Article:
▸ What evaluation and ancillary testing are needed before a medication abortion?
Before medication abortion is performed, the clinician should confirm pregnancy and estimate gestational age. For patients with regular menstrual cycles, a certain last menstrual period within the prior 56 days, and no signs, symptoms, or risk factors for ectopic pregnancy, a clinical examination or ultrasound examination is not necessary before medication abortion. Rh testing is recommended in patients with unknown Rh status before medication abortion, and Rh D immunoglobulin should be administered if indicated (44). In situations where Rh testing and Rh D immunoglobulin administration are not available or would significantly delay medication abortion, shared decision making is recommended so that patients can make an informed choice about their care. Other laboratory evaluations are not routinely indicated but may be required by local and state laws (2). Preoperative assessment of hemoglobin or hematocrit is indicated only when anemia is suspected.
Most abortion care globally is provided without ultrasound examination. Although most U.S.-based studies have used ultrasonography to confirm gestational age and intrauterine location of the pregnancy, more recent evidence has shown that a patient’s certain last menstrual period when within the prior 56 to 63 days is accurate (45–48). In one study, use of certain last menstrual period alone would have resulted in medication abortion being provided to only 26 of 3,041 (0.8%) patients with pregnancies beyond 70 days of gestation (45).
A potential concern when providing early abortion services is the possibility of an undiagnosed ectopic pregnancy. The overall ectopic pregnancy rate in the U.S. general population is low and declining and is approximately 6 per 1,000 pregnancies among insured patients and 14 per 1,000 among patients who receive Medicaid (49, 50). However, in studies of patients who seek abortion, ectopic pregnancy rates generally are lower. A U.S. study of uterine evacuation procedures performed at less than 6 weeks of gestation found the ectopic pregnancy rate to be 5.9 per 1,000 pregnancies (51) at a time when the national rate was three times higher (52). The largest published study of first-trimester medication abortion patients involved 16,369 patients with pregnancies of 49 days of gestation or less and yielded a calculated ectopic pregnancy rate of 1.3 per 1,000 pregnancies (53). Although ectopic pregnancy among individuals who seek early abortion is rare, patients with a medical history of ectopic pregnancy, medical risk factors (prior tubal surgery, pregnancy with progestin-only or IUD contraception use) or symptoms (ie, unilateral pain, vaginal bleeding) suggestive of ectopic pregnancy should have pretreatment clinical evaluation, which may include ultrasonography (5, 6).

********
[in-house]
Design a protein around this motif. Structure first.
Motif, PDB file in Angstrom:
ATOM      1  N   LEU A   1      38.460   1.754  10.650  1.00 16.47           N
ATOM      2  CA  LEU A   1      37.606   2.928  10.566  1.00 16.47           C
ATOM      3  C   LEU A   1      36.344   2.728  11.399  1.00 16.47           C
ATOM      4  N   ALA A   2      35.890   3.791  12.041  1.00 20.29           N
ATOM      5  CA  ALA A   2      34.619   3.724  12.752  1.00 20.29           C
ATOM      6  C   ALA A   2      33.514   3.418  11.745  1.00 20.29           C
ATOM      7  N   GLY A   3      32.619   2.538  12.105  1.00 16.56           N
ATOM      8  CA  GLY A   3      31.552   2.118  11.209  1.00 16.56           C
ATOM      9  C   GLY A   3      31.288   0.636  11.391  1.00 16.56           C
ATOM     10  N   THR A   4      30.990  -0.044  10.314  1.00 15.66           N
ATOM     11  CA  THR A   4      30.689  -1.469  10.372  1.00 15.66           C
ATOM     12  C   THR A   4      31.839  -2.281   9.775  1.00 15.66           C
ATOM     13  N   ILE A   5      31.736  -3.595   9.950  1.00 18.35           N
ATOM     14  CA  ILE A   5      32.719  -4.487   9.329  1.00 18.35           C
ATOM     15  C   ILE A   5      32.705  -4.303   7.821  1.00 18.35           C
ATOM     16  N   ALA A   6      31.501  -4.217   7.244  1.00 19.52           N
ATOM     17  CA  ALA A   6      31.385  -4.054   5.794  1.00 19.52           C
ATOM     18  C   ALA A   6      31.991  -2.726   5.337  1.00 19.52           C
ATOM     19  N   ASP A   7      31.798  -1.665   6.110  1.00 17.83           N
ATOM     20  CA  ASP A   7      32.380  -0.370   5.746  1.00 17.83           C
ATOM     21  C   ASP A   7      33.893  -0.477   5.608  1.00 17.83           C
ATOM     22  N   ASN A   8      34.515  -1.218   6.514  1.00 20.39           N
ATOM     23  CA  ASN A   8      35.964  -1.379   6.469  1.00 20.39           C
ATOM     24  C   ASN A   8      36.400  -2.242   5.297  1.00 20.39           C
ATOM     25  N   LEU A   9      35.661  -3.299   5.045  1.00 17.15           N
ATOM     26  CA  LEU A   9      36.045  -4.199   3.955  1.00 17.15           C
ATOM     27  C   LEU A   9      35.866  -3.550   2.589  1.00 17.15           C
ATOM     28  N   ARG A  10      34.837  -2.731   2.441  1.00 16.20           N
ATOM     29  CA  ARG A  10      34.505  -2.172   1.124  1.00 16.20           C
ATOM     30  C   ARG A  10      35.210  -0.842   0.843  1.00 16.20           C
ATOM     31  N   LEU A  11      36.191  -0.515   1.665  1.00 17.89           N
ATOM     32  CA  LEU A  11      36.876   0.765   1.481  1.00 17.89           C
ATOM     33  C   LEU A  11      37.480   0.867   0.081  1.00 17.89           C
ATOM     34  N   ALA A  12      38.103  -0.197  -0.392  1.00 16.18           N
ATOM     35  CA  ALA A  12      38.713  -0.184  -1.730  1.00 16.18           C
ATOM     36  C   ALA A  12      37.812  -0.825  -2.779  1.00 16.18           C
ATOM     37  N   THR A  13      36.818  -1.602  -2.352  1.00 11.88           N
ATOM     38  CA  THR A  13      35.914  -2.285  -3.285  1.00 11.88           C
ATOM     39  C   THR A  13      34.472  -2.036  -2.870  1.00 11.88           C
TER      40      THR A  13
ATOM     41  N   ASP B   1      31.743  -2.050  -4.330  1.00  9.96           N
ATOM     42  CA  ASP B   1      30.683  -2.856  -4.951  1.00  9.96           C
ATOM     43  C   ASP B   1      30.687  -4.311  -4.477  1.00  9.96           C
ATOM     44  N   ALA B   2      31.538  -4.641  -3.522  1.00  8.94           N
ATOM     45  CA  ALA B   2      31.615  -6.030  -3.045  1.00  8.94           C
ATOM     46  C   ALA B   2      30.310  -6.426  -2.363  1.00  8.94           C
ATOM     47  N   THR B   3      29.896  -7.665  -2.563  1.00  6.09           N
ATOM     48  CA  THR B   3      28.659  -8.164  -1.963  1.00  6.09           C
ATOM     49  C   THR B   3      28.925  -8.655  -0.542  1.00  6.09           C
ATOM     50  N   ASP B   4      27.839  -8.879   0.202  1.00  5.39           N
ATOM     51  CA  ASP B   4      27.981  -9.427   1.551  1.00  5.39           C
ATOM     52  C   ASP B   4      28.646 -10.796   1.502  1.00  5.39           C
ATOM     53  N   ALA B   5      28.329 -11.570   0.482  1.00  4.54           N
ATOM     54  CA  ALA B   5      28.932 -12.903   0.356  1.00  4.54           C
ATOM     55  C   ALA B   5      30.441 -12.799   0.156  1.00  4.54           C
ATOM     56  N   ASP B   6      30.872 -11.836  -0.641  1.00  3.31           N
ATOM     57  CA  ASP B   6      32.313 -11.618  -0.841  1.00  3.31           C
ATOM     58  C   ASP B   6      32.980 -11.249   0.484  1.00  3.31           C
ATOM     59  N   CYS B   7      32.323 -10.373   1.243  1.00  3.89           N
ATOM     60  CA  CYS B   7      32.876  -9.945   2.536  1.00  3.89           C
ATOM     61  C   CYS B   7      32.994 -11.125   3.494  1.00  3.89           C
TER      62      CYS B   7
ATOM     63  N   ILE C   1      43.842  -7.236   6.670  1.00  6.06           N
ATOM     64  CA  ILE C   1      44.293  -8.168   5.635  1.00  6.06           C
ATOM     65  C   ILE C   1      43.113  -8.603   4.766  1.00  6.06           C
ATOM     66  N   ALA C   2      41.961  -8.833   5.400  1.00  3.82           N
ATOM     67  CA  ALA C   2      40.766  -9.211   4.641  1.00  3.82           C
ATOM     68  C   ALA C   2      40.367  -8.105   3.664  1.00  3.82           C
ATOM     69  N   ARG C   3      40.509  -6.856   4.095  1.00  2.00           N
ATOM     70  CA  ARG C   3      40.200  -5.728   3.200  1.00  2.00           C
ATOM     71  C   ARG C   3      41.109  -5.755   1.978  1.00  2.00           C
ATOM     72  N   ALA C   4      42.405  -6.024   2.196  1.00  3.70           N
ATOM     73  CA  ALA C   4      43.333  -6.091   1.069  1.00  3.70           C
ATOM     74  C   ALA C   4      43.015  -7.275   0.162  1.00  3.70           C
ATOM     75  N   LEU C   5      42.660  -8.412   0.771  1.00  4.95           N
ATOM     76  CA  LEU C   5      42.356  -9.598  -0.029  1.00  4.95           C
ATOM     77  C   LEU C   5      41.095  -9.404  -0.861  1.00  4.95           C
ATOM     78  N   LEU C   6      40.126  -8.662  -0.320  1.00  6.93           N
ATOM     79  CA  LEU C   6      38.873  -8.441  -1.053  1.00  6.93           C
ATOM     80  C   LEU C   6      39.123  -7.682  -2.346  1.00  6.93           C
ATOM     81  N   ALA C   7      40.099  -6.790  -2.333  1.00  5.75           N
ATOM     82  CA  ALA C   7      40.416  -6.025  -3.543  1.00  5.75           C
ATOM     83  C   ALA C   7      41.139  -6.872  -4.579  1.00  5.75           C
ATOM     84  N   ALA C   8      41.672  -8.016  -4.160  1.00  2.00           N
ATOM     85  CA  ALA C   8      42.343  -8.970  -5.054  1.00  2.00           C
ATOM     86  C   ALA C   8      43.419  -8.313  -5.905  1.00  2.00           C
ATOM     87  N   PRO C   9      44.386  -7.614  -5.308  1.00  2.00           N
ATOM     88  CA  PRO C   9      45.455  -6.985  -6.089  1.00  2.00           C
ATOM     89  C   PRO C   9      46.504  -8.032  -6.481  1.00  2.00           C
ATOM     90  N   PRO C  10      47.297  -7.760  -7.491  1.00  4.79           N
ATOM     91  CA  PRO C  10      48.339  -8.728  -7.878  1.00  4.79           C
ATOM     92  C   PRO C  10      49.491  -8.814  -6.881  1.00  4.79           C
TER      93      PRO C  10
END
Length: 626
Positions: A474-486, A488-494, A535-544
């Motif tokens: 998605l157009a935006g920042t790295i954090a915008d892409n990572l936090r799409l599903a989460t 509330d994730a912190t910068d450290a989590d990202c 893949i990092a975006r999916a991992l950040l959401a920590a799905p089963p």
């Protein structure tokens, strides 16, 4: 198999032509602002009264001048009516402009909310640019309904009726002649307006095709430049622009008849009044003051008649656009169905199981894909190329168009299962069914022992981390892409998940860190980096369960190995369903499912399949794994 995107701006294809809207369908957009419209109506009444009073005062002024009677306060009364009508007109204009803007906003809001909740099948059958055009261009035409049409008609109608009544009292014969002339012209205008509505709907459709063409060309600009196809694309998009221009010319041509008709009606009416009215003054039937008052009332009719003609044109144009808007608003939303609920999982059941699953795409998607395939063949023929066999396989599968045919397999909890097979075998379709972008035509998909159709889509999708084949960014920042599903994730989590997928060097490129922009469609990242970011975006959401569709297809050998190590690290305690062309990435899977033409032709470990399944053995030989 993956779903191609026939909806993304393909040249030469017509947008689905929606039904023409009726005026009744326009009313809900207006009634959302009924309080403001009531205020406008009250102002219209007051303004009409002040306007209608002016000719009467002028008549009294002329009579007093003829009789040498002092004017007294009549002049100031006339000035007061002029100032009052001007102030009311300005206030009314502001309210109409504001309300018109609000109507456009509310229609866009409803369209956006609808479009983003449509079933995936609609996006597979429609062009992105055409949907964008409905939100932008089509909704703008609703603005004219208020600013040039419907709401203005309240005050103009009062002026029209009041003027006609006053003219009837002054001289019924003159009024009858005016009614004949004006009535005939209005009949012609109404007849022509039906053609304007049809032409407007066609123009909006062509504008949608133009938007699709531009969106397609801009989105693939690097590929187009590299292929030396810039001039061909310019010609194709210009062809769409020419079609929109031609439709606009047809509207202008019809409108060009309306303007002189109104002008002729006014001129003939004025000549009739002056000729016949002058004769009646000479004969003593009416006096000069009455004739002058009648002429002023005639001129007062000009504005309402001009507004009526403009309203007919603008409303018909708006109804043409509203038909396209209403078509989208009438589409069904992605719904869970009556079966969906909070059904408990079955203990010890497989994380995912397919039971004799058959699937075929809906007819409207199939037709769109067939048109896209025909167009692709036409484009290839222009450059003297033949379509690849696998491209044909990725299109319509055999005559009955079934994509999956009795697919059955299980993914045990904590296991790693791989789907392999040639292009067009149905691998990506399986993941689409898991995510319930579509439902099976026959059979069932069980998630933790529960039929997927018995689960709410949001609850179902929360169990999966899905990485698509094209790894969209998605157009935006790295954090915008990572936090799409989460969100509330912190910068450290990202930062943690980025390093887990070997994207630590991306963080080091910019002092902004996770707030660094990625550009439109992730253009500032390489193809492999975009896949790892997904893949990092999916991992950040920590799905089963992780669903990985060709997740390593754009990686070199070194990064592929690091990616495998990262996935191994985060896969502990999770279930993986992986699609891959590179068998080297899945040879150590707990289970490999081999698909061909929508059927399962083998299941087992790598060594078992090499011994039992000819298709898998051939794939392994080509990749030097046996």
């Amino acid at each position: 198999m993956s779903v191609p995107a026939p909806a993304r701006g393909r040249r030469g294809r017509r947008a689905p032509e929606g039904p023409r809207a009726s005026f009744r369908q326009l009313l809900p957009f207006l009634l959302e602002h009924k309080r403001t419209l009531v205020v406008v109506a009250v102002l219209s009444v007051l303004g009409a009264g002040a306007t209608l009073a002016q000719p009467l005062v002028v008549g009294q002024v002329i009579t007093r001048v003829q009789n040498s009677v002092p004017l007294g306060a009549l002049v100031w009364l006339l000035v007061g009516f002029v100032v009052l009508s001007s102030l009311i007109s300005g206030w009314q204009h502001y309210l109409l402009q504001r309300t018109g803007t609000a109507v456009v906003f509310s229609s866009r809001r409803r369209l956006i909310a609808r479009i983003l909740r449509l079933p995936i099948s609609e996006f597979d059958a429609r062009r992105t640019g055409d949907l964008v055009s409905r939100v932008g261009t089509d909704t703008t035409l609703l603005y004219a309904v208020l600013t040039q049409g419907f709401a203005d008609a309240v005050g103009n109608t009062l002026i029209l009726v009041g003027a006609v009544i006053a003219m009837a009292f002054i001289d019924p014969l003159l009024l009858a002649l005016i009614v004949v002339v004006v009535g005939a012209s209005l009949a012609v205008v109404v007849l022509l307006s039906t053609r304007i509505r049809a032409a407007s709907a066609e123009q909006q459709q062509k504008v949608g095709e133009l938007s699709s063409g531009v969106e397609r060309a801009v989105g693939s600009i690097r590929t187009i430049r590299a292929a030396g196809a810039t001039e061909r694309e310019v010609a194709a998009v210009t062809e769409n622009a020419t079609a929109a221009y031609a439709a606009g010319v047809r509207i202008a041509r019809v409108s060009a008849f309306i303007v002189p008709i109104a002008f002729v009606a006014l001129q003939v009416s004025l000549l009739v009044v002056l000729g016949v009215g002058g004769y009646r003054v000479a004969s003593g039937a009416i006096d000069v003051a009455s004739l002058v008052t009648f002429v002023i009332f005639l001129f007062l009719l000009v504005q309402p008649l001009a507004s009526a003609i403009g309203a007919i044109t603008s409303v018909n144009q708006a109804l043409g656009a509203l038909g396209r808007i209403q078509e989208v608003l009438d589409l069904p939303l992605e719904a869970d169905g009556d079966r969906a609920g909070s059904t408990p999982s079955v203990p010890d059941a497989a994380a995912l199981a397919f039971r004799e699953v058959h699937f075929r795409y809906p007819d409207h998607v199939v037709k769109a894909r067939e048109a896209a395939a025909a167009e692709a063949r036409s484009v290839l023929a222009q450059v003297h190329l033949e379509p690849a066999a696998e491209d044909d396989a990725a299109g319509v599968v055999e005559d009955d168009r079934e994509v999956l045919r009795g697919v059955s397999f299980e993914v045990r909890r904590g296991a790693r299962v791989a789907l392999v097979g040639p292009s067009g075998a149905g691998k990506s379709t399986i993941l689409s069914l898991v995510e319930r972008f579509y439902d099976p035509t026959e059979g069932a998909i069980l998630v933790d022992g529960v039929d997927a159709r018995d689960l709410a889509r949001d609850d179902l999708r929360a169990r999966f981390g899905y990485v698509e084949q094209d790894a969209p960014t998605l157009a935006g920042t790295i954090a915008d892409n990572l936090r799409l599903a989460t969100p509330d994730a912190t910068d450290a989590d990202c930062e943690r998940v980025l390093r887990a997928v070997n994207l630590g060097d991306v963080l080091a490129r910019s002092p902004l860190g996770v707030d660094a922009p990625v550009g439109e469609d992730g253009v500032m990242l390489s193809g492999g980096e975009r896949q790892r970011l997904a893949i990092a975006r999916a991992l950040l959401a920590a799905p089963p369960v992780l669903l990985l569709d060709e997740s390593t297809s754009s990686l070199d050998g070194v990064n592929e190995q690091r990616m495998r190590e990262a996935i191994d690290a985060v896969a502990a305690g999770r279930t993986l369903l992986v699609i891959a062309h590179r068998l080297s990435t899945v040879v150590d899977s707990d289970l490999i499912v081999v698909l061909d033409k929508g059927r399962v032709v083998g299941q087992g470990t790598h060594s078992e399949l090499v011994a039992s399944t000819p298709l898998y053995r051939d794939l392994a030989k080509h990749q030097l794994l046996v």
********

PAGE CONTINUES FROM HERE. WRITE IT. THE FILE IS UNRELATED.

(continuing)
Most patients with clinical indications for an ultrasound examination before medication abortion can be initially screened with transabdominal ultrasonography, reserving transvaginal ultrasonography for situations in which further clarification is required (54, 55). If ultrasonography is medically indicated, transabdominal ultrasonography is sensitive for diagnosing the presence or absence of a gestational sac in patients who are not obese (54). A randomized trial that compared the use of transabdominal ultrasonography with transvaginal ultrasonography for eligibility assessment before medication abortion found that 80% of patients who received initial transabdominal ultrasonography did not require further testing to proceed with medication abortion, thus avoiding use of more invasive and resource-intensive screening with transvaginal ultrasonography (55).
Recommendations on whether Rh D immune globulin should be given to patients before medication abortion in early pregnancy are primarily based on expert opinion because available evidence is limited (6, 56). Rh D alloimmunization that is left undiagnosed and untreated can lead to significant perinatal morbidity and mortality in future pregnancies (57). And, guidelines from ACOG and various other major medical societies include recommendations for Rh D immune globulin prophylaxis for Rh D-negative patients undergoing medication abortion within the first 12 weeks of gestation (44, 58–60). For patients undergoing medication abortion before 10 weeks of gestation, some experts recommend against routine Rh testing and anti-D prophylaxis (6) or advise that forgoing Rh typing and Rh prophylaxis can be considered (61). Research regarding Rh alloimmunization during early pregnancy continues to evolve (62). However, based on currently available indirect evidence and the theoretical risk of Rh D alloimmunization in future pregnancies, ACOG recommends Rh D immune globulin prophylaxis for Rh D-negative patients undergoing medication abortion. In situations where Rh testing and anti-D prophylaxis are not available or would significantly delay medication abortion, shared decision making is recommended so that patients can weigh the benefits and risks of their options and make an informed decision about their care.